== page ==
The second order kernel responses gave larger reduction ratios than those from first order kernel responses in both grouping methods (five ring and four quadrant). In Figure 4A and B, the broken line marks the 0.5 ratio of reduction. The ratios of the first order kernel responses were, in general, below the line; while the ratios of the second order kernel were close to or above the line. The difference between the ratios of the first order kernels and those of the second order kernels were statistically significant (five ring analysis:t = −5.09, p < 0.001; four quadrant analysis: t = −3.54, p <0.01).
First order kernel responses probably originate mainly in the outer retinal layer and partly in the inner retinal layer.12 18 20 21 The first order kernel response is similar to the response from the flash ERG.21 The second order kernel response probably originates mainly in the inner retinal layers and partly in the outer retinal layer.15 19 20Recent studies have found that the second order kernel response is reduced in conditions such as optic nerve atrophy,15 20glaucoma,15 18 22 and diabetic retinopathy19 which damage the inner retina. This provides the rationale for the use of kernel analysis to assess OHT subjects who may have dysfunction of the inner retina.
In the present study, both first order and second order kernel responses showed reduction in the OHT subjects (Fig 6). The second order kernel response derived here is a non-linear response, which contains contributions from the inner retina.19 The inner retina is expected to be affected by early glaucomatous changes.23-28 The early retinal changes shown in the second order kernel response in OHT subjects in this study probably reflect damage of the inner retina. However, in this study, both the first and second order kernel responses were reduced in OHT subjects. The outer retinal components are probably involved in glaucomatous changes, and such changes are reflected in changes in the first order kernel.29-31
The contribution from inner retina in the first order kernel may be related to the frame rate of the stimulus. Fast and slow frame rates produce different characteristics in the response.21 32The first order response in the fast frame rate condition (the condition used in this study) may include a relative contribution of non-linear overlapping effects which relate largely to activity of the inner retina.13 18 33 The second order response in the fast frame rate condition should be more related to activities of the inner retina. Thus, we saw a greater reduction in the response amplitude in the second order than in the first order kernel. However, the usefulness of the second order kernel in early glaucomatous changes under the slow frame rate condition is not yet clear. The frame rate used may be an important parameter in MERG assessment of eye disease.
In this study, there was a generalised reduction of the first order and second order kernel responses in OHT. The macula and ring 1 showed a comparatively large reduction in responses in the second order kernel. None of the OHT subjects in this study had any visual field defect and their measured thresholds were within the normal range (as calculated by the statpac in the Humphrey visual field analyser). This indicates that the MERG can detect retinal changes in OHT. Usually the early visual field defect in glaucoma is found in the paracentral area of Bjerrum (10°–20°). It is believed that the first glaucomatous changes regions should lie in this area. However, in this study, no defect was found in visual field analysis and only general reduction in MERG was noticed in the examined area. The failure in detection of the small visual field changes may be because normal receptive fields in early glaucoma overlap with affected receptive fields in very early glaucoma. Scotomas may remain undetected until the affected region is large enough to be measured by visual field testing.31However, the MERG is a direct measure of retinal function and the overlapping effect may not influence the measurement to such a degree.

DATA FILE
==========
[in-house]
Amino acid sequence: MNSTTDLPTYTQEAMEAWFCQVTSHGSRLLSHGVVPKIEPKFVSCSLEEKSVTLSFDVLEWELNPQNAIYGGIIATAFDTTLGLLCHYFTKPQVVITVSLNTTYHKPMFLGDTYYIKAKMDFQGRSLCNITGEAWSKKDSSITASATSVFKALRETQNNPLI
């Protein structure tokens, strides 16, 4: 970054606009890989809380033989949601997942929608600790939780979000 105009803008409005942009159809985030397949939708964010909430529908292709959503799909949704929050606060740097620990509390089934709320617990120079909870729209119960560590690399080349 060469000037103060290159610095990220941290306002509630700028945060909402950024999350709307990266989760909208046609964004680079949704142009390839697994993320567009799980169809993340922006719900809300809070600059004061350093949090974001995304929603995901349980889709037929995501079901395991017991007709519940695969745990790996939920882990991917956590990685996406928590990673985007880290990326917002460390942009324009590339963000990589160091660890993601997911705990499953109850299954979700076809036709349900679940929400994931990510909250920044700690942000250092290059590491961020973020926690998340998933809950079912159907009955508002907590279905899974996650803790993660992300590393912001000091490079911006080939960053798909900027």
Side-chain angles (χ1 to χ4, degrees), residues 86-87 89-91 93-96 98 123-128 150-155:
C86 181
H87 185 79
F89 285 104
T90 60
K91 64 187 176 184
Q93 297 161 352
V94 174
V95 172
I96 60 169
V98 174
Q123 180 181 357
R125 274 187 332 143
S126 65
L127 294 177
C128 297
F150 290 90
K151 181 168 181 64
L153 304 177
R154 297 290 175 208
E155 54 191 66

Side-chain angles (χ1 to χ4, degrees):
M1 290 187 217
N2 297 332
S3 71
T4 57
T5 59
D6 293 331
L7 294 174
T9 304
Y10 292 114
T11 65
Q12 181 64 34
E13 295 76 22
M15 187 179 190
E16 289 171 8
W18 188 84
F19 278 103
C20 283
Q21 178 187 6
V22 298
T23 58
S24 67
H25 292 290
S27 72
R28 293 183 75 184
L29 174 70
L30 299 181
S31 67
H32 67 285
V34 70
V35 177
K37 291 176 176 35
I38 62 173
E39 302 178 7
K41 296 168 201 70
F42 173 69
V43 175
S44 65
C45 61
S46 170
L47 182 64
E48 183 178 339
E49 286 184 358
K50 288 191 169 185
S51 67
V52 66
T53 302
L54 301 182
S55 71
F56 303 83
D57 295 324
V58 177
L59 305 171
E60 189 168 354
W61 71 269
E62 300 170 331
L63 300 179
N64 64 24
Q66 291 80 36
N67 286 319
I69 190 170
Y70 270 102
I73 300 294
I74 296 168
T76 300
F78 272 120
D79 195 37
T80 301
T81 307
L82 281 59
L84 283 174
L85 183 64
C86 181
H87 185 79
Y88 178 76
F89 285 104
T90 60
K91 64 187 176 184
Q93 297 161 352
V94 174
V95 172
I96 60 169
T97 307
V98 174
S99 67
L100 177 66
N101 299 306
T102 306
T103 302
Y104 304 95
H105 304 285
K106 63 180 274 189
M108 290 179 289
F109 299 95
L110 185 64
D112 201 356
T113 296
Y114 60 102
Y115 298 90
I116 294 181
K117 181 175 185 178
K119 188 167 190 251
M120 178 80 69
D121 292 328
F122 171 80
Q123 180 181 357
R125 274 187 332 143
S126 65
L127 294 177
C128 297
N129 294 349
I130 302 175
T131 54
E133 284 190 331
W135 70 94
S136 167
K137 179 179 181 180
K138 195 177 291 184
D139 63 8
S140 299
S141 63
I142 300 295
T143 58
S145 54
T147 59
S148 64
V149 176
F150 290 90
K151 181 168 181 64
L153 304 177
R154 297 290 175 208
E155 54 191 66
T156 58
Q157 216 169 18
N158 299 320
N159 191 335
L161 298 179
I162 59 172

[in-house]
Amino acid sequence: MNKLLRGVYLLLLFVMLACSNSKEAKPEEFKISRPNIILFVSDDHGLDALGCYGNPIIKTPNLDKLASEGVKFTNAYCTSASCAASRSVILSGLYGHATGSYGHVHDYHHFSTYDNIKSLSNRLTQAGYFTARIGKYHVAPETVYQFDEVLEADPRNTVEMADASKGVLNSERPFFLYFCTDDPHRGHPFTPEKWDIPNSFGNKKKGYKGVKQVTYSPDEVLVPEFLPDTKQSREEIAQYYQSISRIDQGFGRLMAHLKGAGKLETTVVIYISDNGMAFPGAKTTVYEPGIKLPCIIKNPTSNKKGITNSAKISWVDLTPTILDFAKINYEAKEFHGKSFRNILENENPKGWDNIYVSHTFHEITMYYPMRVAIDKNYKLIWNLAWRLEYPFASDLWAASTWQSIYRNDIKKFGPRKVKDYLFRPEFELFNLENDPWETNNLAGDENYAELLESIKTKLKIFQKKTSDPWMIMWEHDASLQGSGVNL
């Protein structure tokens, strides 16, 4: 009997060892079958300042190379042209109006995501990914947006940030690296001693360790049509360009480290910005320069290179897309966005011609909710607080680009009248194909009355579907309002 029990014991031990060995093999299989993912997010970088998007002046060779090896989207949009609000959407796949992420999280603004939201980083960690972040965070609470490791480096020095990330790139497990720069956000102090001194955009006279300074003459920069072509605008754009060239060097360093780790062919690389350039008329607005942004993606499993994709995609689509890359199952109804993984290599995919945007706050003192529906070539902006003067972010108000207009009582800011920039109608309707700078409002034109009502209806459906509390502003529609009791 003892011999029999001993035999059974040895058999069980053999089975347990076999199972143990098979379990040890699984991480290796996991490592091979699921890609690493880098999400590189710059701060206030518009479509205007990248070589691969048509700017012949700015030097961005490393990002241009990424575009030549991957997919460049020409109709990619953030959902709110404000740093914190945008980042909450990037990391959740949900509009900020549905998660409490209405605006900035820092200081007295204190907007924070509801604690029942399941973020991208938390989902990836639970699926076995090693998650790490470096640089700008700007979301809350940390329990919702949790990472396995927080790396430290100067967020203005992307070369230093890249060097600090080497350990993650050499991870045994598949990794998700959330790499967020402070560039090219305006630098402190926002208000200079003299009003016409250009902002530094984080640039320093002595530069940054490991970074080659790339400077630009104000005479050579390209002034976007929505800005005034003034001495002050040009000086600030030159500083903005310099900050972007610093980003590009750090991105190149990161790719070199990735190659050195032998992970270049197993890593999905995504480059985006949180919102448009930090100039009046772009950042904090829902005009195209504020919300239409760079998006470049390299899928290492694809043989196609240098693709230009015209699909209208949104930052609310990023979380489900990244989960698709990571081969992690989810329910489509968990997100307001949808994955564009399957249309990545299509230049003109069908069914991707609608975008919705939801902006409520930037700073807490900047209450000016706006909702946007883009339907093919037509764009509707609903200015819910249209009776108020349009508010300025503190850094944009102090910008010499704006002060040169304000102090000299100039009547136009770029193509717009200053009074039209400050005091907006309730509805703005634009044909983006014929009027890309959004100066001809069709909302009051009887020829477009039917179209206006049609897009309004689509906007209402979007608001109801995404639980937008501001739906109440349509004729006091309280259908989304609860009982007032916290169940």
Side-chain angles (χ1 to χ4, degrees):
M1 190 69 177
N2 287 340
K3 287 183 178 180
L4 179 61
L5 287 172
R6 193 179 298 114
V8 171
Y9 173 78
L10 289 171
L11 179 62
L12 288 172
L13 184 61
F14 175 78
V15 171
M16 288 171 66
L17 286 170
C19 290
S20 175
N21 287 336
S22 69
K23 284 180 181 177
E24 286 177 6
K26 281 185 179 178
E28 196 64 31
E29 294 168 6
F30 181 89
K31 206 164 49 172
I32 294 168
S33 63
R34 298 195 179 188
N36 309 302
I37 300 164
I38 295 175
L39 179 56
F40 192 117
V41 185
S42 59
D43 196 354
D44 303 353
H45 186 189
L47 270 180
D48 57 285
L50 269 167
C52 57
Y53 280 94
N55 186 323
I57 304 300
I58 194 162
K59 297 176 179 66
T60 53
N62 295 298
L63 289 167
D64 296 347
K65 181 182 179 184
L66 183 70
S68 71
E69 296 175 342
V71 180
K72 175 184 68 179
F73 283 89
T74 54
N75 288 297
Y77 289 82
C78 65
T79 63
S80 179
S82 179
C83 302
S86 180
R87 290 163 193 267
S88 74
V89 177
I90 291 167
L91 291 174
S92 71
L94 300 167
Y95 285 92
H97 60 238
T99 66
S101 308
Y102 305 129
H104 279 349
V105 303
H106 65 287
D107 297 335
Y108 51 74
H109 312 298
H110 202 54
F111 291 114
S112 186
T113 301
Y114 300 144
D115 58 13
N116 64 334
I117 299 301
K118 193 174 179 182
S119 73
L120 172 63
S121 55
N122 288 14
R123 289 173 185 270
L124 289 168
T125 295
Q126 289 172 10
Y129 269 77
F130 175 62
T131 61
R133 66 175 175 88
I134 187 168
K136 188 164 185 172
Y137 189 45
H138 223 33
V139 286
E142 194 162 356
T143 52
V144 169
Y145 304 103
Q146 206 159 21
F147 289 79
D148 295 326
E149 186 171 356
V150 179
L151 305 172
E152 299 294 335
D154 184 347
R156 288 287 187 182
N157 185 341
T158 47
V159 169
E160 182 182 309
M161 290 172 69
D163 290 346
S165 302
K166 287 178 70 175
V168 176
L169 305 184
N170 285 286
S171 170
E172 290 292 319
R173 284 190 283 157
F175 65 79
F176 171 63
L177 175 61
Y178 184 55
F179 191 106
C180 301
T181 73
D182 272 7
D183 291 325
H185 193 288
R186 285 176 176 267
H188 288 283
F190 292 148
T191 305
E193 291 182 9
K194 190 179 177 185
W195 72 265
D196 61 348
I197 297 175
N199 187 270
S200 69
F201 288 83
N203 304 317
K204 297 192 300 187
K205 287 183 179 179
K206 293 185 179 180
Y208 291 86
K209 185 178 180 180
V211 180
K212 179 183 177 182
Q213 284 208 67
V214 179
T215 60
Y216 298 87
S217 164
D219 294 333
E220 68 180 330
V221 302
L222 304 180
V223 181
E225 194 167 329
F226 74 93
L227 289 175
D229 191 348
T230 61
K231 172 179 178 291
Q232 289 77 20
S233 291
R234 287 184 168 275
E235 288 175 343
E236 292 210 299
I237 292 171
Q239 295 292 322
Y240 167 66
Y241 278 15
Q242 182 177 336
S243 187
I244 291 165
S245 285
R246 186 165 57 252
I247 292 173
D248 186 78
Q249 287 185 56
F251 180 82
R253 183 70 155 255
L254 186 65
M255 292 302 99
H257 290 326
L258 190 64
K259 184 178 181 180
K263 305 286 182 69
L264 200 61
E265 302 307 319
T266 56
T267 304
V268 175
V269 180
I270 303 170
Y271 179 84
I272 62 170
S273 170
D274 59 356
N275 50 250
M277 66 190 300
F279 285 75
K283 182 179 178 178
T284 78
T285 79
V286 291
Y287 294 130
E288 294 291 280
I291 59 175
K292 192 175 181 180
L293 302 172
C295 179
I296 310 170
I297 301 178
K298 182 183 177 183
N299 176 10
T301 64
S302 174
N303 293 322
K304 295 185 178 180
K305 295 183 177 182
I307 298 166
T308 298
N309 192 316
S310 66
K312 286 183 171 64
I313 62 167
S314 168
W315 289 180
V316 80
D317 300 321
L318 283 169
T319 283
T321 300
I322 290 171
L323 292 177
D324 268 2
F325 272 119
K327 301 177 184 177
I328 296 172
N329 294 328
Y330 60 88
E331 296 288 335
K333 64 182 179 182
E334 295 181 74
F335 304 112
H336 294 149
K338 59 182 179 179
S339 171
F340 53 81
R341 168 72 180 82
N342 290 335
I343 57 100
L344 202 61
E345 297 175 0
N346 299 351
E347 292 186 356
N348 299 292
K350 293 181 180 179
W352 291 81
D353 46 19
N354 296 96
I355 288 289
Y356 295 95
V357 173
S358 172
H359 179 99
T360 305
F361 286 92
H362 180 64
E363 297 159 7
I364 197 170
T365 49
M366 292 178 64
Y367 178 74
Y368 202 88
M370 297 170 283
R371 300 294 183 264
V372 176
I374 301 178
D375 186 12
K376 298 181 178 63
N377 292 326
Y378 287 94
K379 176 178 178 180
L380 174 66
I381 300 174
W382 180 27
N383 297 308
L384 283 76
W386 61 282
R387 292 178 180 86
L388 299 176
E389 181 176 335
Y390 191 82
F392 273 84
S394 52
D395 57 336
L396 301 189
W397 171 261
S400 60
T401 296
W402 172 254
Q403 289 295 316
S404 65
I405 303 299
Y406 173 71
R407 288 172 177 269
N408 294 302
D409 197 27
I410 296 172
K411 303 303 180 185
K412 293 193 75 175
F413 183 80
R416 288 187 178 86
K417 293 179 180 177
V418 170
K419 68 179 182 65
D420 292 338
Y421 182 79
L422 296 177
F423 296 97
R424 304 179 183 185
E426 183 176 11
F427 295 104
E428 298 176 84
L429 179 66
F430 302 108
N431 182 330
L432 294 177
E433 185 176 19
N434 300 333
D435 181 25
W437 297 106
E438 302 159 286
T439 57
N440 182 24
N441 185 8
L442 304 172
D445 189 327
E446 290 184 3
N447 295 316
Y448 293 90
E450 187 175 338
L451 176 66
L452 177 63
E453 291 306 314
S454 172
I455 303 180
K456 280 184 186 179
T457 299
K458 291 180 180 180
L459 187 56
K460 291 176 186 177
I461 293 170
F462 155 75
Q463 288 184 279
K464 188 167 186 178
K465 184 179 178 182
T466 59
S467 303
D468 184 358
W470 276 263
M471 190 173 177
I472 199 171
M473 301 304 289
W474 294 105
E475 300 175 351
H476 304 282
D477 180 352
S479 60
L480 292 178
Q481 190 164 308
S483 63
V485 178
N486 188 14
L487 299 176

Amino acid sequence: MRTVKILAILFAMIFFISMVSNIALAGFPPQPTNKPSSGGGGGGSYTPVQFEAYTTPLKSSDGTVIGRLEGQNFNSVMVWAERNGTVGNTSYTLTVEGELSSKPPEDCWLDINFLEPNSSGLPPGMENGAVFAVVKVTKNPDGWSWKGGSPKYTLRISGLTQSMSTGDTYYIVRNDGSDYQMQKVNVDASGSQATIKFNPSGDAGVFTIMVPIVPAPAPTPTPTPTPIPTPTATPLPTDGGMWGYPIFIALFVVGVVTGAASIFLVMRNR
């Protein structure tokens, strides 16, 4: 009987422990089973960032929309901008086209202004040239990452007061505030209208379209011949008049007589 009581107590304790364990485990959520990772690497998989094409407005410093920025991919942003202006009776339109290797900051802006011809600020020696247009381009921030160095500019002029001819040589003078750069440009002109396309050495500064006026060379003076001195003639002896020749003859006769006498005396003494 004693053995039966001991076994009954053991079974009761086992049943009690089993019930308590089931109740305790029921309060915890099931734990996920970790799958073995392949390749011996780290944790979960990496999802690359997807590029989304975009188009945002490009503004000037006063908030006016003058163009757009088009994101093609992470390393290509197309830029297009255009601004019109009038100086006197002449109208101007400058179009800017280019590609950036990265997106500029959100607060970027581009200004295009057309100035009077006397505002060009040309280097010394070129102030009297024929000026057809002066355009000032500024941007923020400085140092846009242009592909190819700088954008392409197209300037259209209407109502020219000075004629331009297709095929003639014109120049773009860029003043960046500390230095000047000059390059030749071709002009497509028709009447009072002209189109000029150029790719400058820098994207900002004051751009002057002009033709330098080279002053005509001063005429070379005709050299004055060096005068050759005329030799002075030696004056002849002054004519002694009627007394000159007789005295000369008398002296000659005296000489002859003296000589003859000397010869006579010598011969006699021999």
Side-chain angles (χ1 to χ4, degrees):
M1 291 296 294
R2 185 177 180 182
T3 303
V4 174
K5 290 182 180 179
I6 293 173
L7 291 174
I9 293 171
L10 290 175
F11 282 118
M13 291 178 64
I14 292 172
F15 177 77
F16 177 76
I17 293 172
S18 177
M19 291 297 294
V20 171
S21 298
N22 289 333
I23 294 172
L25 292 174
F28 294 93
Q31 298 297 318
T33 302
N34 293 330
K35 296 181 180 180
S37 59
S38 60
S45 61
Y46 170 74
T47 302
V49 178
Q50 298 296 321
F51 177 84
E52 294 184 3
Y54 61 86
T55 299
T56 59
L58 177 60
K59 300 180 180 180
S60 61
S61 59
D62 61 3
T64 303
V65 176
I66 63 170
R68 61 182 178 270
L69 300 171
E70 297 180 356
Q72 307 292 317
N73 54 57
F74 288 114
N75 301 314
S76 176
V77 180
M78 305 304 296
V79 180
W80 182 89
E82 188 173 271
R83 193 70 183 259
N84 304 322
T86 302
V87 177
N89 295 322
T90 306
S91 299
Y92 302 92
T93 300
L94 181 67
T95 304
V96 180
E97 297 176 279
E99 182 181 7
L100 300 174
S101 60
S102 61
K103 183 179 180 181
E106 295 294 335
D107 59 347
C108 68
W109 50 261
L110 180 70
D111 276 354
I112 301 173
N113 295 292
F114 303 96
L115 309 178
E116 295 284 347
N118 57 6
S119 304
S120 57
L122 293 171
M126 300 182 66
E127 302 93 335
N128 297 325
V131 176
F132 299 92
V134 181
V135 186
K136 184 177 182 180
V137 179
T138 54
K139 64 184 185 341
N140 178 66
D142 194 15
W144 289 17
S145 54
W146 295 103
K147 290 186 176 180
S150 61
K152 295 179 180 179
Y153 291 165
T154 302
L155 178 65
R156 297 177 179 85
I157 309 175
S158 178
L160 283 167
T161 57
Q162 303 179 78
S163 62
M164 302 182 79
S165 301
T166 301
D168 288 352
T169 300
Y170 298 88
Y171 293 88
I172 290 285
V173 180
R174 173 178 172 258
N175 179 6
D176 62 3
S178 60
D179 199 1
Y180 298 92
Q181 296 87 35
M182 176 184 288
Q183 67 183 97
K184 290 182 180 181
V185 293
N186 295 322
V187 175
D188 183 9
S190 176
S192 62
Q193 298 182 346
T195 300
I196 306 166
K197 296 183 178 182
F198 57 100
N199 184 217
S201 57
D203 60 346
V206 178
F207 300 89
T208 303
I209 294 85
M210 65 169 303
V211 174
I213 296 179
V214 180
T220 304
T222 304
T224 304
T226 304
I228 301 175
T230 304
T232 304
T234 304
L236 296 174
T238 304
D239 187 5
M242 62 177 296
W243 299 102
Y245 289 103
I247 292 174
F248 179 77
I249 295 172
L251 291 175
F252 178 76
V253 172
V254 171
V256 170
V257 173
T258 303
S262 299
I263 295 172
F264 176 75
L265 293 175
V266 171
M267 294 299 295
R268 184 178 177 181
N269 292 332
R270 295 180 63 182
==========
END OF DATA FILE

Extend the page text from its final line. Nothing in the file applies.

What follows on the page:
The PERG is well established as detecting activity from the macula. The MERG showed a relative reduction in macular response and this is accord with the results of PERG measurements. Our results also agree with those of Bearse et al 17 who found that the central retinal response in the second order kernel was reduced in glaucoma suspects. In addition, reduced macular function in glaucoma has also been shown by psychophysical measurements, such as colour vision and contrast sensitivity.34-37 General depression of the first order kernel was also reported by Vaegan and Buckland.38 They suggested the uniform reduction in all examined regions was consistent with a model of poor choriocapillary perfusion or microcirculatory loop closures. Reduced central retinal response in OHT also agrees with our previous study in assessing glaucoma.22
The result implies that macular function is compromised in OHT and it may be a useful parameter for assessing early glaucomatous changes. In addition, the overall depression of the first order kernel might show how retinal function is affected by early glaucomatous changes. It is recommended the MERG can be used as a supplementary test for glaucoma suspects. The MERG cannot substitute for visual field testing, but it can give additional information in diagnosis of ocular hypertension. Both first and second order kernel analyses should be considered in cases of early glaucomatous changes. The patient with ocular hypertension may be considered to be in the high risk group of glaucoma suspects if the ratio of reduction of the second order kernel exceeds 0.5 (compared with control values), especially at the macula.
This study was supported by a research grant (UGC 0340/941) from the University Grant Council of Hong Kong.